The song titles as well are meant to be suggestive, with each track save one based on a brief passage from Ondaatje's book. The exception is "Whistling in the Way of Bolden," whose random dissonance and contrapuntal escalation are designed to exemplify the phrase "ecstasy before death" (or "ecstacy," as it appears thrice in the booklet). As the album advances, the discord becomes more frequent and pronounced, as in the well-named "Horror of Noise," "Suicide of the Hands" or "Parade." While this may prove displeasing to some, it is in keeping with the album's purpose, which is to chronicle Bolden's slide into dementia. Besides Hagans, the soloists on "Noise" include tenors Art Edmaiston and Dustin Laurenzi and baritone Tom Link, who do so simultaneously in the best tradition of unfettered jazz, as do Hagans, Bonilla and McCaslin on "Suicide." Bolden's depressing odyssey comes to an end in the two-part "Parade," in which the polarizing voices in his head cause him to stop playing in the middle of a parade and simply walk away, never to return. The song ends with an appropriate fade-out by pianist Rempel. The cheerless epilogue, "Bleach Out to Grey,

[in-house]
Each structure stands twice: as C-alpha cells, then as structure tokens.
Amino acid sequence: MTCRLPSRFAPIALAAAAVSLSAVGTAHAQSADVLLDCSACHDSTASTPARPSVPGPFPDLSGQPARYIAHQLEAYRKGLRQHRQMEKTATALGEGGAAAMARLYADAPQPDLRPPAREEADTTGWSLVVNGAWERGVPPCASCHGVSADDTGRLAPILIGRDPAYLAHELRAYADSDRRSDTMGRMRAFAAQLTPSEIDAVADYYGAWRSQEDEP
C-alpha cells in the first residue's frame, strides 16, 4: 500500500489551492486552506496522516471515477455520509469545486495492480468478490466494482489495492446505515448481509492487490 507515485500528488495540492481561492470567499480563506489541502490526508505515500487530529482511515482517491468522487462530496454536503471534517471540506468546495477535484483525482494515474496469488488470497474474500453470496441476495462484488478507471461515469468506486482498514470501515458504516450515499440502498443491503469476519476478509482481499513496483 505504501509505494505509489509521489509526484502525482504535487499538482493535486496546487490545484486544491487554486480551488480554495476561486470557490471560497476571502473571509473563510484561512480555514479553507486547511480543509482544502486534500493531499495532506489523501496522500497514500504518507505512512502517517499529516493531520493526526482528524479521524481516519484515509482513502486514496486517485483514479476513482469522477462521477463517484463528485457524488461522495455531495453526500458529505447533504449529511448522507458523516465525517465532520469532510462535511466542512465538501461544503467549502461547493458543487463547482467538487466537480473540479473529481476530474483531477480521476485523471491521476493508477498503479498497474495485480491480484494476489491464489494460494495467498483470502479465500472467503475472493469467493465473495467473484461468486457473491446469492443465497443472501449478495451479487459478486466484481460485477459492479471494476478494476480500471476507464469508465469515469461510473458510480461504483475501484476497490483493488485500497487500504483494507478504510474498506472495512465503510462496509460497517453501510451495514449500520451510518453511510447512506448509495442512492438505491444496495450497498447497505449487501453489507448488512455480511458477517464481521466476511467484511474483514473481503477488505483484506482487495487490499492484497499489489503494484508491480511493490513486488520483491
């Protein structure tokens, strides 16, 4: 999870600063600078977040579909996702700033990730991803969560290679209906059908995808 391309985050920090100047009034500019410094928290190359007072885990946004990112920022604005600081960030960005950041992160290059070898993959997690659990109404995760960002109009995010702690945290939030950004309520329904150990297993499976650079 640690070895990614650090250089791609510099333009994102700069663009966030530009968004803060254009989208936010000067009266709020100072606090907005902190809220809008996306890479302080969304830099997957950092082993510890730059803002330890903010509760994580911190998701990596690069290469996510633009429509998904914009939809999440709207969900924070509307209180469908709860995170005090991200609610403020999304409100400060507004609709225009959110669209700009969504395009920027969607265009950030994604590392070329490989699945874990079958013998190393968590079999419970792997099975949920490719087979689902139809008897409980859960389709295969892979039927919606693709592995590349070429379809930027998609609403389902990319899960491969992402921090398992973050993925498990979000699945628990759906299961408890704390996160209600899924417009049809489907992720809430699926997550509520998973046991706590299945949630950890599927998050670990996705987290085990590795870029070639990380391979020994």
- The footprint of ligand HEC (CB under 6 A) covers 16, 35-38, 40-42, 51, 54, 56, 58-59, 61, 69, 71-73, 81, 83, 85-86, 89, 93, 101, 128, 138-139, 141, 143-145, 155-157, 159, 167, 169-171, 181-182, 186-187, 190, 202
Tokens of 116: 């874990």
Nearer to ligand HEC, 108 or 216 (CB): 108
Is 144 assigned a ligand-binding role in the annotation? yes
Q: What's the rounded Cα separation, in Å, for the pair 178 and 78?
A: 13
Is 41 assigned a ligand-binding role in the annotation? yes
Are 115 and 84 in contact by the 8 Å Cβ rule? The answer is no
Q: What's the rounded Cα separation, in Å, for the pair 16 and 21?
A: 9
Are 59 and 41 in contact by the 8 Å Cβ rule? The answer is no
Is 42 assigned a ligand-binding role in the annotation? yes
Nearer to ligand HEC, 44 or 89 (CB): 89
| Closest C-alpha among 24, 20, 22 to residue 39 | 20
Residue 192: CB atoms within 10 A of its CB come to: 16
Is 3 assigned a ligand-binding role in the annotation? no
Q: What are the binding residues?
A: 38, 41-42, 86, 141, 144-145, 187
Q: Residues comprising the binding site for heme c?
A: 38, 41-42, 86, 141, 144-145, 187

is centered on the single known photograph of Bolden, whose negative (in Ondaatje's novel) is dissolved by the photographer in an acid bath.

Lisik deserves commendation for undertaking such a daunting enterprise, which he first envisioned as a doctoral dissertation in Canada (he has since moved to New Zealand to join the faculty at the New Zealand School of Music). Although one can't know how someone else would have handled the task, Lisik has completed it with flying colors - thanks in part to splendid support from Hagans, McCaslin, Bonilla, Wilson and the ensemble. It must be noted that the album won't suit everyone's taste; it is more cerebral than candid, and its jagged edges can stun the senses and fray the nerves. But Lisik is telling a story, parts of which are ambivalent musically, as they were in life. Weighed on its own terms, Coming Through Slaughter is a well-drawn and admirable work of art.




Glen Hall  |  February,  2010

Inspired by Michael Ondaatje's novel of the same name, Coming Through Slaughter is a ten-movement, radical re-imagining of legendary New Orleans Cornetist Buddy Bolden's sound and music. Forget any trad jazz simulacra, this is wholly modern big band music populated with serious ringers like trumpeter Tim Hagans, tenor saxist Donny McCaslin and drummer Matt Wilson, who play their brains out on the eponymous opener. This recording should open a lot of people's ears to Lisik's impeccably crafted compositions and arrangements. Evocative orchestral settings like "The Drawings of Audubon" and "Cricket Noises and Cricket Music" inspire Hagans, McCaslin and pianist Amy Rempel - a CD standout - to speak more with expressiveness than technical ability, always a good thing when musicians with their virtuosity are involved. Trombonist Luis Bonilla and percussionist Joe Galvin make strong statements on "Auditorium of Enemies," another intriguing composition by Lisik. On Coming Through Slaughter, flawless musicianship finds itself engaged with challenging material.